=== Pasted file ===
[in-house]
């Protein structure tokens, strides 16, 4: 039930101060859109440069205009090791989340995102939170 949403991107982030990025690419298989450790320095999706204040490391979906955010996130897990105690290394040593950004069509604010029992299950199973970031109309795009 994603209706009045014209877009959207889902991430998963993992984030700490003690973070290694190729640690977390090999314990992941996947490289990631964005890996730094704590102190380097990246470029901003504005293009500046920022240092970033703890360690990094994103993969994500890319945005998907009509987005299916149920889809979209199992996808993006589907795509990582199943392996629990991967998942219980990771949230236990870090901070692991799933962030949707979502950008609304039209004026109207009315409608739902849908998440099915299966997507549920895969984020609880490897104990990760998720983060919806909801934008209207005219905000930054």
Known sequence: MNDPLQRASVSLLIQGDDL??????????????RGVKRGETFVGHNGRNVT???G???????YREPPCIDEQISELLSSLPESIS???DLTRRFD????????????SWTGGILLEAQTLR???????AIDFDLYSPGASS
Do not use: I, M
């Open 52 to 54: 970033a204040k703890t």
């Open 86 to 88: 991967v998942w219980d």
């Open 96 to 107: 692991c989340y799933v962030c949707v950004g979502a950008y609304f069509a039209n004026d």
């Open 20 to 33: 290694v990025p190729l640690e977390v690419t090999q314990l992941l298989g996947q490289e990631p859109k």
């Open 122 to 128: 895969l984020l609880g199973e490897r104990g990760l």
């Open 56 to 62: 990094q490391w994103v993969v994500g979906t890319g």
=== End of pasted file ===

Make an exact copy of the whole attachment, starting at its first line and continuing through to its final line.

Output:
[in-house]
């Protein structure tokens, strides 16, 4: 039930101060859109440069205009090791989340995102939170 949403991107982030990025690419298989450790320095999706204040490391979906955010996130897990105690290394040593950004069509604010029992299950199973970031109309795009 994603209706009045014209877009959207889902991430998963993992984030700490003690973070290694190729640690977390090999314990992941996947490289990631964005890996730094704590102190380097990246470029901003504005293009500046920022240092970033703890360690990094994103993969994500890319945005998907009509987005299916149920889809979209199992996808993006589907795509990582199943392996629990991967998942219980990771949230236990870090901070692991799933962030949707979502950008609304039209004026109207009315409608739902849908998440099915299966997507549920895969984020609880490897104990990760998720983060919806909801934008209207005219905000930054």
Known sequence: MNDPLQRASVSLLIQGDDL??????????????RGVKRGETFVGHNGRNVT???G???????YREPPCIDEQISELLSSLPESIS???DLTRRFD????????????SWTGGILLEAQTLR???????AIDFDLYSPGASS
Do not use: I, M
């Open 52 to 54: 970033a204040k703890t």
């Open 86 to 88: 991967v998942w219980d």
């Open 96 to 107: 692991c989340y799933v962030c949707v950004g979502a950008y609304f069509a039209n004026d």
């Open 20 to 33: 290694v990025p190729l640690e977390v690419t090999q314990l992941l298989g996947q490289e990631p859109k």
């Open 122 to 128: 895969l984020l609880g199973e490897r104990g990760l």
């Open 56 to 62: 990094q490391w994103v993969v994500g979906t890319g």